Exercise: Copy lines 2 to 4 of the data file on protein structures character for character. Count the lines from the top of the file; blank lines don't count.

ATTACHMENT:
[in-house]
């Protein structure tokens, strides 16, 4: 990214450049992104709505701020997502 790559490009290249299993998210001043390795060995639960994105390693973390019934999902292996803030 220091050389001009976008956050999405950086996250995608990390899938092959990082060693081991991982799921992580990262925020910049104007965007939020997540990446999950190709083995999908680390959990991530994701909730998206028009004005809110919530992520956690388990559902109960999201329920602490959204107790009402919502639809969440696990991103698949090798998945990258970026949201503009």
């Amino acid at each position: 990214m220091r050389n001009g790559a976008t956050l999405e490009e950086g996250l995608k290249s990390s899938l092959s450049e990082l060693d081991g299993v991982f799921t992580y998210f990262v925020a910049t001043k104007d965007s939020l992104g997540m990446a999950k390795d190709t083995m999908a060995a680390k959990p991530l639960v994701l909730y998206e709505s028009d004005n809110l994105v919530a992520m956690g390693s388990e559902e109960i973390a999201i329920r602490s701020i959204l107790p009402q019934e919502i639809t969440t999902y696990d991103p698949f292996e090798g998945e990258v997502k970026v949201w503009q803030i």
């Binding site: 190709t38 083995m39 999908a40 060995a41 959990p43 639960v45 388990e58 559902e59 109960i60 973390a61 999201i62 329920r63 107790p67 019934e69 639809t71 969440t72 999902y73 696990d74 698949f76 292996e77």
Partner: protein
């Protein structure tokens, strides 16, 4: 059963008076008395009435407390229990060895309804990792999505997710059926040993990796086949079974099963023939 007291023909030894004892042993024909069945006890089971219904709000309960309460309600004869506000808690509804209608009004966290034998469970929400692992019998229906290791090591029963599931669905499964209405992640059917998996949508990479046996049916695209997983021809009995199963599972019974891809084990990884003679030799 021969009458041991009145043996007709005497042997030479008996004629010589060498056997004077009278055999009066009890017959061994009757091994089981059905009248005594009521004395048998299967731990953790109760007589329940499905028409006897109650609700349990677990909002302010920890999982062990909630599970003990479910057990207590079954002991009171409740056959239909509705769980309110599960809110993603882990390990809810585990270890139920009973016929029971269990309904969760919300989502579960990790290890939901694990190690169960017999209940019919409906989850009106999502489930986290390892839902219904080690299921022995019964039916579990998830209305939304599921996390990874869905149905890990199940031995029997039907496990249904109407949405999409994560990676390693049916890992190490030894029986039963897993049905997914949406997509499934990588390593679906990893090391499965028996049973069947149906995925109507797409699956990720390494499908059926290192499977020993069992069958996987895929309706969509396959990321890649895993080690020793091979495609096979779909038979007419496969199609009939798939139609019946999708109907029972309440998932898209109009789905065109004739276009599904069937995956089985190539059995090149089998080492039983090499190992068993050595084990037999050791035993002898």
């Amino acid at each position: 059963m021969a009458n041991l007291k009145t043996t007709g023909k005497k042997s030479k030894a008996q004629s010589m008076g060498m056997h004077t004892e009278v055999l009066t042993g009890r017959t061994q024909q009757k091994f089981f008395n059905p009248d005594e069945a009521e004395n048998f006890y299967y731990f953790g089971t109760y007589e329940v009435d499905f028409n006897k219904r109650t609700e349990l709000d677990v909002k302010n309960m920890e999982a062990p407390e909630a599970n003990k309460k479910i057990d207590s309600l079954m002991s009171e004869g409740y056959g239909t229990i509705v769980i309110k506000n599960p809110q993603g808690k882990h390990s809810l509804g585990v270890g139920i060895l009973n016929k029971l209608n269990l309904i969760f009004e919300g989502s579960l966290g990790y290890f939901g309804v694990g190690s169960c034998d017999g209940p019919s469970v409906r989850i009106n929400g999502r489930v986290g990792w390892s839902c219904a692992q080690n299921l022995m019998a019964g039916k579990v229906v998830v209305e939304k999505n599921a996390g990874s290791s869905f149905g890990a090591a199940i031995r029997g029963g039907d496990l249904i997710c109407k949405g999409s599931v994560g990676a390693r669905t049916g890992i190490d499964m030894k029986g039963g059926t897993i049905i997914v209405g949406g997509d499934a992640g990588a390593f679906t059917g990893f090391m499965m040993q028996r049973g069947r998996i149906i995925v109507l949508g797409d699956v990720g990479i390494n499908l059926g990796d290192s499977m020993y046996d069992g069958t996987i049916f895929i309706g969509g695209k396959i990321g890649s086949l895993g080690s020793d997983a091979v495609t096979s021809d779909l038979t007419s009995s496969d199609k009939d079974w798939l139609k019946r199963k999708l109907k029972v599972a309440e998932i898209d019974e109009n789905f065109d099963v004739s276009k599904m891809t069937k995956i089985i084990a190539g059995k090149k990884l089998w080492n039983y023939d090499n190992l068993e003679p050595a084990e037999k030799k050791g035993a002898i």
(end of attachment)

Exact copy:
């Protein structure tokens, strides 16, 4: 990214450049992104709505701020997502 790559490009290249299993998210001043390795060995639960994105390693973390019934999902292996803030 220091050389001009976008956050999405950086996250995608990390899938092959990082060693081991991982799921992580990262925020910049104007965007939020997540990446999950190709083995999908680390959990991530994701909730998206028009004005809110919530992520956690388990559902109960999201329920602490959204107790009402919502639809969440696990991103698949090798998945990258970026949201503009």
């Amino acid at each position: 990214m220091r050389n001009g790559a976008t956050l999405e490009e950086g996250l995608k290249s990390s899938l092959s450049e990082l060693d081991g299993v991982f799921t992580y998210f990262v925020a910049t001043k104007d965007s939020l992104g997540m990446a999950k390795d190709t083995m999908a060995a680390k959990p991530l639960v994701l909730y998206e709505s028009d004005n809110l994105v919530a992520m956690g390693s388990e559902e109960i973390a999201i329920r602490s701020i959204l107790p009402q019934e919502i639809t969440t999902y696990d991103p698949f292996e090798g998945e990258v997502k970026v949201w503009q803030i």
């Binding site: 190709t38 083995m39 999908a40 060995a41 959990p43 639960v45 388990e58 559902e59 109960i60 973390a61 999201i62 329920r63 107790p67 019934e69 639809t71 969440t72 999902y73 696990d74 698949f76 292996e77």